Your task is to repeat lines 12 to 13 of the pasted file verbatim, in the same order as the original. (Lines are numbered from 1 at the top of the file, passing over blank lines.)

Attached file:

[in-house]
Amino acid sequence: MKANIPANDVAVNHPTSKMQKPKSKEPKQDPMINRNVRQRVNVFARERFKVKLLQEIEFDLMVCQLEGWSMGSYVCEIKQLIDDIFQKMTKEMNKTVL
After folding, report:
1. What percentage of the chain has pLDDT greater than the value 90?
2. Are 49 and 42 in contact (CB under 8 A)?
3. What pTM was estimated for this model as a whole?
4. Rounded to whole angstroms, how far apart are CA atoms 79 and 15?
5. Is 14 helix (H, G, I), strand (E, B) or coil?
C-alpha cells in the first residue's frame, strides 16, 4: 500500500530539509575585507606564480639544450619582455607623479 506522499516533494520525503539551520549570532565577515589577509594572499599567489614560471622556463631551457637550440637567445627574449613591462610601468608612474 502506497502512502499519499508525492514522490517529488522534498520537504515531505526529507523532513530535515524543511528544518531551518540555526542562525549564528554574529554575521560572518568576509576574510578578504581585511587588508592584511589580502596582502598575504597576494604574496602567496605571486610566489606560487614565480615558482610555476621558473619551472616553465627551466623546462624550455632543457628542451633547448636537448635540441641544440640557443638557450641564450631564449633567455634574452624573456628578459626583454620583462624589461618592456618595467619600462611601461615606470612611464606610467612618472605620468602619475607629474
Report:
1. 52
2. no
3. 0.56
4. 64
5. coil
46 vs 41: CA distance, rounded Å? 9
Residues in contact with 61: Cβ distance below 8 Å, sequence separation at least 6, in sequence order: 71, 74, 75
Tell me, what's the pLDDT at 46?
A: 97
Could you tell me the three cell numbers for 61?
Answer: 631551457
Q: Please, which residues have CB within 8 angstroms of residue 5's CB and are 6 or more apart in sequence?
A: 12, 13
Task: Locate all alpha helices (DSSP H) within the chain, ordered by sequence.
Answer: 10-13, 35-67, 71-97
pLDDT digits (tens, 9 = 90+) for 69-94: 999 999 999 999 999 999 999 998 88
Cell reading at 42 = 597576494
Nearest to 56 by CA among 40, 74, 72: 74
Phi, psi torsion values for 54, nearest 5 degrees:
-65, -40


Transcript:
2. no
3. 0.56